While the normalization models can be made to fit the spike responses of simple cells, two key predictions have not been borne out in intracellular experiments. First, the models require a large stimulus-evoked shunting conductance that depends only on stimulus contrast, and hence is independent of stimulus orientation. It now seems clear, despite initial indications to the contrary (Ferster and Jagadeesh, 1992, Douglas et al., 1988), that visual stimuli do indeed evoke large increases in the input conductance of simple cells (Anderson et al., 1999, Borg-Graham et al., 1998, Hirsch et al., 1998). The amplitudes of stimulus-induced conductance changes are strongly dependent on orientation, however, with a preferred orientation and tuning width similar to that of the membrane potential responses (Anderson et al., 1999). Second, the membrane time constant does not change sufficiently to explain contrast-dependent changes in temporal properties. Normal resting time constants are in the range of 20 ms (Anderson et al., 1999, Hirsch et al., 1998). The normalization model, however, requires decreases in time constant of 60 ms or more, which is clearly impossible since time constants cannot go below zero.
How, then, can we explain the response properties that are described by the normalization framework? It turns out these properties can be explained in the context of the feedforward model with push-pull inhibition by a variety of existing nonlinearities in the electrical properties of cells and the temporal properties of synaptic inputs (Kayser et al., 1999). These include saturation and contrast dependent phase advance in the responses of the LGN inputs themselves, frequency-dependent synaptic depression, spike-rate adaptation, non-zero threshold, and small stimulus-induced changes in membrane time constant. Since LGN inputs saturate with contrast (Cheng et al., 1995, Sclar, 1987), we need only explain the difference between LGN and cortical saturating contrasts. This can be accounted for by synaptic depression (Markram and Tsodyks, 1996, Stratford et al., 1996), which causes the geniculate synaptic input to saturate before presynaptic LGN firing rates saturate (Abbott et al., 1997, Tsodyks and Markram, 1997). Synaptic depression, together with the other nonlinearities listed above, can also explain the difference between LGN and cortical phase advances (Chance et al., 1998) and changes in temporal frequency tuning with contrast. Synaptic depression and spike-rate adaptation act as contrast-dependent high-pass filters, allowing high-temporal-frequency responses to grow with contrast at a faster rate than low-temporal-frequency responses. Contrast-induced decrease in the membrane time constant also causes a relative enhancement of high-temporal-frequency responses with increasing contrast. Finally, cross-orientation inhibition and other two-stimulus suppression effects can be accounted for, in part, by the push-pull inhibition in the feedforward model: the non-preferred grating evokes strong push-pull inhibition, reducing responses to the preferred orientation (Krukowski et al., 1998).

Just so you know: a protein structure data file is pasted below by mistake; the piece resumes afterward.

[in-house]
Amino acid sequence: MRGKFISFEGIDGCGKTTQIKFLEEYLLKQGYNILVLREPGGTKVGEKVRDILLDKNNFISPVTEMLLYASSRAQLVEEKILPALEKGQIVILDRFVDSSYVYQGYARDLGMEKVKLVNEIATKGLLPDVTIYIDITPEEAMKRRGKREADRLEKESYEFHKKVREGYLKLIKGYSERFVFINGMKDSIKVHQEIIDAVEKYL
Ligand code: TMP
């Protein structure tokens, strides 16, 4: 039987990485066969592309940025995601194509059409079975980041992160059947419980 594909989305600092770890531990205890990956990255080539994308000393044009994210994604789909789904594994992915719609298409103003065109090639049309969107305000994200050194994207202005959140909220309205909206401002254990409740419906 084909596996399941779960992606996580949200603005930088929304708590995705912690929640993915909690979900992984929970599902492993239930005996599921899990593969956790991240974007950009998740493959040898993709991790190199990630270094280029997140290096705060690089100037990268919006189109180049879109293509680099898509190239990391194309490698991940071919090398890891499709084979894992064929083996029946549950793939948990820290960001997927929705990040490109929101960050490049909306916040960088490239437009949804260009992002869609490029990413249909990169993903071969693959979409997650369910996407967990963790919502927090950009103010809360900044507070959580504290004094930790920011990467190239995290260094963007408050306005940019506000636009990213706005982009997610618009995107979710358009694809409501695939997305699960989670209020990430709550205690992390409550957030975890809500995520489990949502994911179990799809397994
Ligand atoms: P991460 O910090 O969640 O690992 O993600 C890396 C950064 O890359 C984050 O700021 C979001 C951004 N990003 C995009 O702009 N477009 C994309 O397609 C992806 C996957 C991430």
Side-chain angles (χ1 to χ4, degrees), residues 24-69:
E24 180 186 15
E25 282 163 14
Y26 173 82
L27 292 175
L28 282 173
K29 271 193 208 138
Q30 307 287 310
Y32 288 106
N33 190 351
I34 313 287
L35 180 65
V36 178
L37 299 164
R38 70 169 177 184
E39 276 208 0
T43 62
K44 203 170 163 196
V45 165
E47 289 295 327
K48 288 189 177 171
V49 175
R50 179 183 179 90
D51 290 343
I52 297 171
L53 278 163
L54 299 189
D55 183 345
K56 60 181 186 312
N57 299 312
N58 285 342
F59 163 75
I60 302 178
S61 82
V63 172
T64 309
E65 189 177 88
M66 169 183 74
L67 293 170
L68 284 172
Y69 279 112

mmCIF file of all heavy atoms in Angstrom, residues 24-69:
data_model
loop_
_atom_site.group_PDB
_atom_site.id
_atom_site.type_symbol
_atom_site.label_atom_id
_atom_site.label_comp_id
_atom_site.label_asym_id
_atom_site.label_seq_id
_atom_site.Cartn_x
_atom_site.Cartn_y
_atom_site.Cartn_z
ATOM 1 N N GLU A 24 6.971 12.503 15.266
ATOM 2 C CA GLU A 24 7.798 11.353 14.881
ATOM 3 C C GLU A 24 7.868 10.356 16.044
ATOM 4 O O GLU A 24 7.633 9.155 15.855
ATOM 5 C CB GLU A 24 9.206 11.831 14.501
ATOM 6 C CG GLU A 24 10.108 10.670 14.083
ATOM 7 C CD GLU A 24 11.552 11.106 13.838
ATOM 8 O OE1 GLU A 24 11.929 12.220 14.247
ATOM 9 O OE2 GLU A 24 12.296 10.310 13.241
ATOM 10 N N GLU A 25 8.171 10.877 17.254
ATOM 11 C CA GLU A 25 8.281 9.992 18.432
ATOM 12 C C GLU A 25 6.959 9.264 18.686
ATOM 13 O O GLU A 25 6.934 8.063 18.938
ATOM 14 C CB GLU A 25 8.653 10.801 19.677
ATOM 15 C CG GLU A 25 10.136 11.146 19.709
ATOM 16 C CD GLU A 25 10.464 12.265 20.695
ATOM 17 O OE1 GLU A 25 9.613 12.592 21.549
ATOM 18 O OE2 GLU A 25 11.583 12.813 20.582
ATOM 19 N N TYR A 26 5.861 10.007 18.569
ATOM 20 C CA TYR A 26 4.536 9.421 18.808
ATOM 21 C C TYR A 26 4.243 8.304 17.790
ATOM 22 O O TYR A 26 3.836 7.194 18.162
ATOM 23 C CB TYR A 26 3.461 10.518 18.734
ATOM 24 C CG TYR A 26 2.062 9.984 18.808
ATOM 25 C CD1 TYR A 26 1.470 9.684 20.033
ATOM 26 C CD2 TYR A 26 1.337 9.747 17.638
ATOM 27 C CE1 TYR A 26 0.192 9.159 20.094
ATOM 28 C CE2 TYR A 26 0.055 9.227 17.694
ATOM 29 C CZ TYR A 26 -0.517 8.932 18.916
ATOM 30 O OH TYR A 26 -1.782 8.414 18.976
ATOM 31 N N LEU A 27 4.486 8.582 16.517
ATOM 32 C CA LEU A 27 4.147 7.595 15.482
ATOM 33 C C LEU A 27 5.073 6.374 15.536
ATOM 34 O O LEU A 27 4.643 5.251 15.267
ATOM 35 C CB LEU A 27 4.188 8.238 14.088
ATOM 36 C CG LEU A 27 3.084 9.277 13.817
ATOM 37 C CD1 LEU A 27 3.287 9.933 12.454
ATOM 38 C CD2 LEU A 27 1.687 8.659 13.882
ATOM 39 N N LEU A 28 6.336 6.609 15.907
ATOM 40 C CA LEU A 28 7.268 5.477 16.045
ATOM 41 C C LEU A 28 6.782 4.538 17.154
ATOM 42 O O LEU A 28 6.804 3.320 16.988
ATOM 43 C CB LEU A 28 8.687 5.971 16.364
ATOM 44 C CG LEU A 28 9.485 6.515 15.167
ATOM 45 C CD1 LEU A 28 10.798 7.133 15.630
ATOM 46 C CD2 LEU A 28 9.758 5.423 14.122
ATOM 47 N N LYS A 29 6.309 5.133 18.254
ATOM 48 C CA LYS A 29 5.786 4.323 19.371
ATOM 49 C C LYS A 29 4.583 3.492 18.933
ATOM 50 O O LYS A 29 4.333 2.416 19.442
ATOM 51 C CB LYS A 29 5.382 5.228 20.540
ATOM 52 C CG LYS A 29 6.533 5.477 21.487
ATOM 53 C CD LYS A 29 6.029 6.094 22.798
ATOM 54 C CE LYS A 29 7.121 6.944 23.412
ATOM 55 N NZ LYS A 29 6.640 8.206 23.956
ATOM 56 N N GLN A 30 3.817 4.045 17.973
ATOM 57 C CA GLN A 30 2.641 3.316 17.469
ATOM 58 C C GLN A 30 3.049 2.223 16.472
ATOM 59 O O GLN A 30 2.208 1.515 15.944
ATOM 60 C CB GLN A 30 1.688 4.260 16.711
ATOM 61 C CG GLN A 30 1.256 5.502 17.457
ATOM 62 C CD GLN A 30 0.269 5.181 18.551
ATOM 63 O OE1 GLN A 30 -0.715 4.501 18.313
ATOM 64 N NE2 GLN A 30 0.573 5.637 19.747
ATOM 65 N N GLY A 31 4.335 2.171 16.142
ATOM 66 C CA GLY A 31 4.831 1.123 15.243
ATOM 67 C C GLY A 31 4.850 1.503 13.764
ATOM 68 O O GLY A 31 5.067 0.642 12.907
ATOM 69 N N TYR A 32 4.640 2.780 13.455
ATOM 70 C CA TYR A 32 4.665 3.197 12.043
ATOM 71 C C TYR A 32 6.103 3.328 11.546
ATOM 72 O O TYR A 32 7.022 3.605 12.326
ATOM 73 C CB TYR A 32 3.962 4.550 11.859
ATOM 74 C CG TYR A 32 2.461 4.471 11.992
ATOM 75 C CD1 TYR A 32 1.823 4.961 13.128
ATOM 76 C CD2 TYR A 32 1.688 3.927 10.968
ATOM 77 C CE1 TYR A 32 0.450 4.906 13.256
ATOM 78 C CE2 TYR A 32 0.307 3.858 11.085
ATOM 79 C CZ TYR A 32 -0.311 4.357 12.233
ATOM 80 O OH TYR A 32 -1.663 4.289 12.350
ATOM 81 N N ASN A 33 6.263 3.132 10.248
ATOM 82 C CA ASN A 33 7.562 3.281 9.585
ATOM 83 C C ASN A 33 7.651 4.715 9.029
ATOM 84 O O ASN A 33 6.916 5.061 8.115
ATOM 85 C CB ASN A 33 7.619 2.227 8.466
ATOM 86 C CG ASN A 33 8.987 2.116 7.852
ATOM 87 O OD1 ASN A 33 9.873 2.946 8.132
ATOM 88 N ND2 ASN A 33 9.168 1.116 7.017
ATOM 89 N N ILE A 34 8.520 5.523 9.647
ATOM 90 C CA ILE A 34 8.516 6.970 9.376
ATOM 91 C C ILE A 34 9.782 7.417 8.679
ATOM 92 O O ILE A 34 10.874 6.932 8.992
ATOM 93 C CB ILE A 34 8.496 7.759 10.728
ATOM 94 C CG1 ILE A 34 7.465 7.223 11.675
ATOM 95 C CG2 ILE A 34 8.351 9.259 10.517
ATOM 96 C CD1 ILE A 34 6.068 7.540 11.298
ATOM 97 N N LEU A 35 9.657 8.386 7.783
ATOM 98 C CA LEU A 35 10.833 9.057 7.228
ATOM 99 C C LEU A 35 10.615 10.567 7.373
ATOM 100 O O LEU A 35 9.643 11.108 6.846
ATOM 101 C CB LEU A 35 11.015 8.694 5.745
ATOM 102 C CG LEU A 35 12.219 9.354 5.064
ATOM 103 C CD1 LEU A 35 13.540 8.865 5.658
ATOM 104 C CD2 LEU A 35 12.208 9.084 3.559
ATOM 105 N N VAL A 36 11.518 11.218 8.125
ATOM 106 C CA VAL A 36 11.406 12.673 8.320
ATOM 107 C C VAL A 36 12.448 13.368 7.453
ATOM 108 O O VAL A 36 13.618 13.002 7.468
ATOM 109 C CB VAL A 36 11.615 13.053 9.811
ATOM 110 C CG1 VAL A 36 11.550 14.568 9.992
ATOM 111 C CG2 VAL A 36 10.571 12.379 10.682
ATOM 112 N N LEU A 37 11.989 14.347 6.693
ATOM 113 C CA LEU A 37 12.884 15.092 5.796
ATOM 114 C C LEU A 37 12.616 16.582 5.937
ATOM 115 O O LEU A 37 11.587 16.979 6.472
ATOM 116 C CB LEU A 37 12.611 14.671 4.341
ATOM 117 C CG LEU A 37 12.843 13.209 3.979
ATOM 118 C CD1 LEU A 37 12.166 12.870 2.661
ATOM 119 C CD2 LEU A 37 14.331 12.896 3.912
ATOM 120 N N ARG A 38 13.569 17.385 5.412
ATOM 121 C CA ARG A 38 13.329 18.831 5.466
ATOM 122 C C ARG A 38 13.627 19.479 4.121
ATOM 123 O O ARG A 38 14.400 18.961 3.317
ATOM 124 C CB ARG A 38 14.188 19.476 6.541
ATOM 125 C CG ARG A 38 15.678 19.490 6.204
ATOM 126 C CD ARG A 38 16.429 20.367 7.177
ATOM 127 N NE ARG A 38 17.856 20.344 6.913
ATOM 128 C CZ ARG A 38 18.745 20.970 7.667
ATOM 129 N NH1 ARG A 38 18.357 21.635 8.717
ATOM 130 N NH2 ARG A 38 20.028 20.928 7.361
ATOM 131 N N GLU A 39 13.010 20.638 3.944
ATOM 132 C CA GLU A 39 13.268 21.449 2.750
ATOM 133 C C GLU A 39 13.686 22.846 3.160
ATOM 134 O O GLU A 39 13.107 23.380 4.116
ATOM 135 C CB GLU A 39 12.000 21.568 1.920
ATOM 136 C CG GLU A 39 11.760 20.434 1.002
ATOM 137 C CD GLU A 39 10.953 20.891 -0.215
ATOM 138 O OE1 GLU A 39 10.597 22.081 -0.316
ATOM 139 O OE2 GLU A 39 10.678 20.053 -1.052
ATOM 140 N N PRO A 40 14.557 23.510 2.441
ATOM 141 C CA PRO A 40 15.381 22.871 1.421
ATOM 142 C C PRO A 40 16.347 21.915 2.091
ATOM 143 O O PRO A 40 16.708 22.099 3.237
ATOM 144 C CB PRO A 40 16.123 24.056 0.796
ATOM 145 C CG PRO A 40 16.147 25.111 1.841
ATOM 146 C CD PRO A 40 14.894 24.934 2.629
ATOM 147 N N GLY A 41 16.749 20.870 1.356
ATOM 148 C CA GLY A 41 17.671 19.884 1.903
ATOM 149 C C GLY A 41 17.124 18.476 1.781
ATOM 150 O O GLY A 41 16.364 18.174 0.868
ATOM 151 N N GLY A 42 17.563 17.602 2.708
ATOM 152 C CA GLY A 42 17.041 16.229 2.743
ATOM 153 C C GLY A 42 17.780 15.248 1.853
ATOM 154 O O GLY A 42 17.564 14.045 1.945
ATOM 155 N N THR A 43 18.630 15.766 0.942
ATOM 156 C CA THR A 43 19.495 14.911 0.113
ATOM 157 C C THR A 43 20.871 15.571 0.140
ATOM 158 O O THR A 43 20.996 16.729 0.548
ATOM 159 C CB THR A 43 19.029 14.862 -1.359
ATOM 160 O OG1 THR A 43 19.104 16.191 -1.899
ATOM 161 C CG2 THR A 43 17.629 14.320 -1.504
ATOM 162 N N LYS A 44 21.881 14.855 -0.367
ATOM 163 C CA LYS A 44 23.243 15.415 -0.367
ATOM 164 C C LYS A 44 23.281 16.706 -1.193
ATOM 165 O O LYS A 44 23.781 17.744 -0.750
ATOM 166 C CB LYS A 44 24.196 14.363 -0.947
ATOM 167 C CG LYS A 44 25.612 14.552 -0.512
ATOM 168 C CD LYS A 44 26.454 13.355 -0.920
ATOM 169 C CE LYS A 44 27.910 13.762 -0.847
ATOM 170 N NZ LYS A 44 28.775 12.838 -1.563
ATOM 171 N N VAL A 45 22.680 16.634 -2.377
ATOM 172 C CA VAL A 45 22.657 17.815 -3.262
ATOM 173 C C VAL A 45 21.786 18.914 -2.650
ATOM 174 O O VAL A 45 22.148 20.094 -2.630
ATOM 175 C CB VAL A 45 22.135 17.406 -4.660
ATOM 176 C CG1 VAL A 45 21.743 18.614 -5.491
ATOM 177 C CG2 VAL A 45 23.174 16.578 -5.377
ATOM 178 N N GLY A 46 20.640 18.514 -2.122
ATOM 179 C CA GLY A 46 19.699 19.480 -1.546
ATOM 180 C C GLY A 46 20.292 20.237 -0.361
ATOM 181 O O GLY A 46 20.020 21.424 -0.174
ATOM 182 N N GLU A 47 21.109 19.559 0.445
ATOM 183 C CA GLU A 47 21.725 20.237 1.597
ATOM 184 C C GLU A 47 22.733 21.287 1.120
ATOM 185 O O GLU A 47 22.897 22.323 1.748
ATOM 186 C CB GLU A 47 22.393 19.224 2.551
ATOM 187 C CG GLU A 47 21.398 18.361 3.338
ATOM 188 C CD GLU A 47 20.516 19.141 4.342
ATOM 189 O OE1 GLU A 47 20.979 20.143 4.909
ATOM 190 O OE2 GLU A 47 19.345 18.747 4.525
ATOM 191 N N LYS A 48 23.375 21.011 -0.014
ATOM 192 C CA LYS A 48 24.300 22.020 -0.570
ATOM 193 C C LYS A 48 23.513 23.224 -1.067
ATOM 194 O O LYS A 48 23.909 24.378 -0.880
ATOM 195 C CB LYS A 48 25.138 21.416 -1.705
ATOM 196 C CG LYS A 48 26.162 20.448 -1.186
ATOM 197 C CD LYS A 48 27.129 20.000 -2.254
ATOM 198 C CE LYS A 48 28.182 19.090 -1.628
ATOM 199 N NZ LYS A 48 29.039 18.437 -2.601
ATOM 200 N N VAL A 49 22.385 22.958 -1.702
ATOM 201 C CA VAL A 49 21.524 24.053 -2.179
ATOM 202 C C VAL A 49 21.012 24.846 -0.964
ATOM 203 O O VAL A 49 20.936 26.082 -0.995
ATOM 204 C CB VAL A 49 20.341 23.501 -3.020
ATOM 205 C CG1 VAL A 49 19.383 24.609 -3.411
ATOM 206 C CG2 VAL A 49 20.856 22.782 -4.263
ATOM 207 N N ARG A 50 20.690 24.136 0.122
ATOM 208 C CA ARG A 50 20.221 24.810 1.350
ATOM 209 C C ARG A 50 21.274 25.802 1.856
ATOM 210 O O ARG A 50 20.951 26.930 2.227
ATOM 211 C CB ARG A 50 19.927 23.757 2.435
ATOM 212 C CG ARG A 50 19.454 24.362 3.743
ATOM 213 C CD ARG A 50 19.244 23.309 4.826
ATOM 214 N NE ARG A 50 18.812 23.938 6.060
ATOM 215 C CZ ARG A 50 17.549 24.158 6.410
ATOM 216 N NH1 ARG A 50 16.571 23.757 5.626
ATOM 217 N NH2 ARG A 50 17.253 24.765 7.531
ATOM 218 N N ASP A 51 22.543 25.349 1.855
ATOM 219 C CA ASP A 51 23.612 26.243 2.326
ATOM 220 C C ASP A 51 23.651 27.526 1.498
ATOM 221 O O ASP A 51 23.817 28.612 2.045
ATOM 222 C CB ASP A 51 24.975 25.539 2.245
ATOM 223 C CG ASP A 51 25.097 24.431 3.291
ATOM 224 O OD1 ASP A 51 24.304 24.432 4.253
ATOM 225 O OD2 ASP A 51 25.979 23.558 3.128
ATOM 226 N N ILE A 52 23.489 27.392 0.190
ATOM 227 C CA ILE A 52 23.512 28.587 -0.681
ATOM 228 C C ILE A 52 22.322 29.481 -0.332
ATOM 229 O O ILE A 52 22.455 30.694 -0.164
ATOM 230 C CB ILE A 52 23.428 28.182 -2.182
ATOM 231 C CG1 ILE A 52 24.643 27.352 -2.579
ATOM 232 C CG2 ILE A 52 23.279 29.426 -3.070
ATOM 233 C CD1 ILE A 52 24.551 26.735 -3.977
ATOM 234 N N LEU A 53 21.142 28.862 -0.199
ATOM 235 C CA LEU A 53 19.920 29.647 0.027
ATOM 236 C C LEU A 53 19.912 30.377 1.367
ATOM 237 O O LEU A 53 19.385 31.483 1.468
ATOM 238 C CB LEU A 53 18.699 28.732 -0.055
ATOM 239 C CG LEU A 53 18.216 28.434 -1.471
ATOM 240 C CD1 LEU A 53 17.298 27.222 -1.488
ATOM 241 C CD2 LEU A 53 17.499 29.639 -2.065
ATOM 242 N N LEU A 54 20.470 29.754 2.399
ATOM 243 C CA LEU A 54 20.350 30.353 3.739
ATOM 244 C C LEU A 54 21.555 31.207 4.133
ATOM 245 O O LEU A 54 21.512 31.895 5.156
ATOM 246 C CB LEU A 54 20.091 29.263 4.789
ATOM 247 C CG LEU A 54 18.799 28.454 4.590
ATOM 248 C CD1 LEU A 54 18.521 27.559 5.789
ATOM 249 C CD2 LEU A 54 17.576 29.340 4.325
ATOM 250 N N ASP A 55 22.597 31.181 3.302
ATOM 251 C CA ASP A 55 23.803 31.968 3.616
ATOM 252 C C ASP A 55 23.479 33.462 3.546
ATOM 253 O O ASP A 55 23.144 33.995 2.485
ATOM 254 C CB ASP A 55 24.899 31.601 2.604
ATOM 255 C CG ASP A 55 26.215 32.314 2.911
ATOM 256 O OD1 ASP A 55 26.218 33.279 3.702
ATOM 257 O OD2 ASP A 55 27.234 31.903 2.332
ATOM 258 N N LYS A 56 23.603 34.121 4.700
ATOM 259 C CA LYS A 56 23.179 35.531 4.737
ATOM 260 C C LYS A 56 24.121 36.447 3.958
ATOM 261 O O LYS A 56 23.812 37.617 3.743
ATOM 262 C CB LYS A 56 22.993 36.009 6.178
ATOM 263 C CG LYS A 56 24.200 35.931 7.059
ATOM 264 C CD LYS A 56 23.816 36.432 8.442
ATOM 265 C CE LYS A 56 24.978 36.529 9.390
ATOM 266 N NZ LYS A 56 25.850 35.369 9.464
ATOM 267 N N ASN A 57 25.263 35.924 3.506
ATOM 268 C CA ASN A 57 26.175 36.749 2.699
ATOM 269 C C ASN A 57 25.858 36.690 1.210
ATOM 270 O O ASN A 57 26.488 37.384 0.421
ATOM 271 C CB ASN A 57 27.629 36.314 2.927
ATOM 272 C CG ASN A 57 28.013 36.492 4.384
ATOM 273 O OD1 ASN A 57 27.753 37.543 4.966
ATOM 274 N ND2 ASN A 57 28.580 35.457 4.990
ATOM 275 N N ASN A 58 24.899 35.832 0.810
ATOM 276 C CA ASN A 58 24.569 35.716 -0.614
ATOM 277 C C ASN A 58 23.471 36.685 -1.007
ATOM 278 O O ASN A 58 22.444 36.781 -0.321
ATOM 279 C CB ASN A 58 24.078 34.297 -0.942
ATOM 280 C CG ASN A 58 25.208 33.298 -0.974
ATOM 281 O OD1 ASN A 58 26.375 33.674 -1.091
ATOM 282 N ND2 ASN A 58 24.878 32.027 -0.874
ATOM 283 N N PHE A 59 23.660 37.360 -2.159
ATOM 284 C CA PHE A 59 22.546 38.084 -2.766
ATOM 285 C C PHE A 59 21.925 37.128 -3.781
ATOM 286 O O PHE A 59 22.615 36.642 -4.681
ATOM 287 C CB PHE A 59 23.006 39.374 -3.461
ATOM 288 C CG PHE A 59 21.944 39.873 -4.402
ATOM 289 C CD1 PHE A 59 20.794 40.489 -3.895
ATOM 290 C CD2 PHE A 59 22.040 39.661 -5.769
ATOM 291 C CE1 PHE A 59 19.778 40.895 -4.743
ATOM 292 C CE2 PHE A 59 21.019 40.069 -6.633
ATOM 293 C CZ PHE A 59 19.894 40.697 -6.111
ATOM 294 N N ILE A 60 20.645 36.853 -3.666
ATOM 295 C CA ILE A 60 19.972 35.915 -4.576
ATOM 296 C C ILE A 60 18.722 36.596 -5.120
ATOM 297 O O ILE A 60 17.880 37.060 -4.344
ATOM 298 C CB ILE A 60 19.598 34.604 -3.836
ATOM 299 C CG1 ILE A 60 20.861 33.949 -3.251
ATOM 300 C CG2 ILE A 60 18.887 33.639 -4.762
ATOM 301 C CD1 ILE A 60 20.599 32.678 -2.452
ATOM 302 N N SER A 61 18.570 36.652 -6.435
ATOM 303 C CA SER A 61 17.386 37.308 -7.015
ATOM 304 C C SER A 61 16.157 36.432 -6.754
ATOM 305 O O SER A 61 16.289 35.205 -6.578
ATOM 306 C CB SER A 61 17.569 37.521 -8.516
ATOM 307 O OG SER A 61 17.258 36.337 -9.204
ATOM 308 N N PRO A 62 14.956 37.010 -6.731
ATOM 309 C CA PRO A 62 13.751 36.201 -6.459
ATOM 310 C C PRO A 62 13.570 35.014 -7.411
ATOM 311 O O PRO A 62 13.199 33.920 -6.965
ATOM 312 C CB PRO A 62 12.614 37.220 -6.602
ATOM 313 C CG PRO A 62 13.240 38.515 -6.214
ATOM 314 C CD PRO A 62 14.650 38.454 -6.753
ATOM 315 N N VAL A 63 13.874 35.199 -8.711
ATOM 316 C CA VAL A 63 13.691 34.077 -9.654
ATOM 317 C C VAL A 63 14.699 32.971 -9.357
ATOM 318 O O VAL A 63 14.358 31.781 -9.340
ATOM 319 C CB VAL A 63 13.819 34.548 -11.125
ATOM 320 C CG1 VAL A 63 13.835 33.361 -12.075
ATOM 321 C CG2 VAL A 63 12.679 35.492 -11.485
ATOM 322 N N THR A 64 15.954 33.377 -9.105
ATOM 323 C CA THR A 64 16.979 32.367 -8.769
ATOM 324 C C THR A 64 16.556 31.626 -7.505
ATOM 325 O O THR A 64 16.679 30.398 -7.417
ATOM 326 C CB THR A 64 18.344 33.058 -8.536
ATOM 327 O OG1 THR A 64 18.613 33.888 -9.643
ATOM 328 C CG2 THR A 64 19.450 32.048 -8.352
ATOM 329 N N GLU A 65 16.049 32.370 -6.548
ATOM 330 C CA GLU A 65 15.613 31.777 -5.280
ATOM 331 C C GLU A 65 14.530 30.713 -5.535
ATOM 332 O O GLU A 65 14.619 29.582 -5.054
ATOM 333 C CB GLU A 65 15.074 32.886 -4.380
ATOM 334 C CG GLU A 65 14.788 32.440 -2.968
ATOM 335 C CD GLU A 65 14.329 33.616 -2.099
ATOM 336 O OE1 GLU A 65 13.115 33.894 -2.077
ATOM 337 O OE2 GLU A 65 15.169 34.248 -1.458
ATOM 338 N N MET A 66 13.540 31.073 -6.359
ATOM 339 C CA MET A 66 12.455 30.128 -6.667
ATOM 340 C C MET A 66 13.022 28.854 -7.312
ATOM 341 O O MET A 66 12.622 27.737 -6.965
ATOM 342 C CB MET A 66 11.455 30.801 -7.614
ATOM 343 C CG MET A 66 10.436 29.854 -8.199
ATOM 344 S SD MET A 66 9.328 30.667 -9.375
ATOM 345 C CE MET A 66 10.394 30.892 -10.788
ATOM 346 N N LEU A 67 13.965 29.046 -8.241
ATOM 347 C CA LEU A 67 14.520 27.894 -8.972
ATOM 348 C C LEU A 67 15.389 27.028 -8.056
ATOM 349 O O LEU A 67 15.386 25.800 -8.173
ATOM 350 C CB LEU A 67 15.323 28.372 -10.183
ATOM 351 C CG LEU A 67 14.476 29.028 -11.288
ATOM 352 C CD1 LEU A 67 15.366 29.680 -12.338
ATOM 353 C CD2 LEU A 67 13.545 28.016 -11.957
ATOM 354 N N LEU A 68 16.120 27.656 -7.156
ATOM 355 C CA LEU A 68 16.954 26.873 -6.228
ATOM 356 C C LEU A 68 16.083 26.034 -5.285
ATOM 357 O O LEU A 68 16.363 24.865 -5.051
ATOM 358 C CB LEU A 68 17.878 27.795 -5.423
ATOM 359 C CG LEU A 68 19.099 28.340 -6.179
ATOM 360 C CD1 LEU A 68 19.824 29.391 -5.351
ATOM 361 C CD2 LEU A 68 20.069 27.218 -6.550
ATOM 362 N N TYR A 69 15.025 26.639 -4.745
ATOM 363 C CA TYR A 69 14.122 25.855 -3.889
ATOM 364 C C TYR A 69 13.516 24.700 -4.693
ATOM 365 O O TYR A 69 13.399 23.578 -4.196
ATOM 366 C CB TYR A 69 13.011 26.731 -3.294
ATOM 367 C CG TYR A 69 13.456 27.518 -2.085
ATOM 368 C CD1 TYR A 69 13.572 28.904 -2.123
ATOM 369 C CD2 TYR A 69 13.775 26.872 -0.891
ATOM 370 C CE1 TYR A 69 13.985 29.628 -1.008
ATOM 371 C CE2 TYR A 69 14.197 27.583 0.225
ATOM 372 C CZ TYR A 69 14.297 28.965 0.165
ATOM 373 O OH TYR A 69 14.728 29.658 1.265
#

It should be noted that even if the feedforward model with push-pull inhibition and same-phase-excitation were to prove largely correct, it is still at best incomplete. A number of issues need to be addressed. The model does not currently deal with direction selectivity, for example, though it is likely that the addition of lagged and non-lagged input using the scheme proposed by Saul and Humphrey (1992) would fit well with the current model. The model also does not deal with the diversity of cortical inhibitory interneurons. Studies in rat somatomotor thalamocortical slices show two classes of inhibitory neurons in layer 4 (Gibson et al., 1999): a feedforward class receiving strong thalamic input, like the inhibitory neurons of the model, and a feedback class receiving little or no thalamic input, which is not incorporated in the model. Furthermore, cells of each class show strong gap junction coupling among themselves. Intracellular studies in cat V1 layer 4 have found some inhibitory neurons that respond primarily to stimulus contrast: they are complex cells (not selective for stimulus polarity) and unselective or only weakly selective for stimulus orientation (J. Hirsch, private communication). Their role is unknown. While the simplicity of the model gives order to a wide variety of findings, the complexity of the cortical circuit should not be underestimated.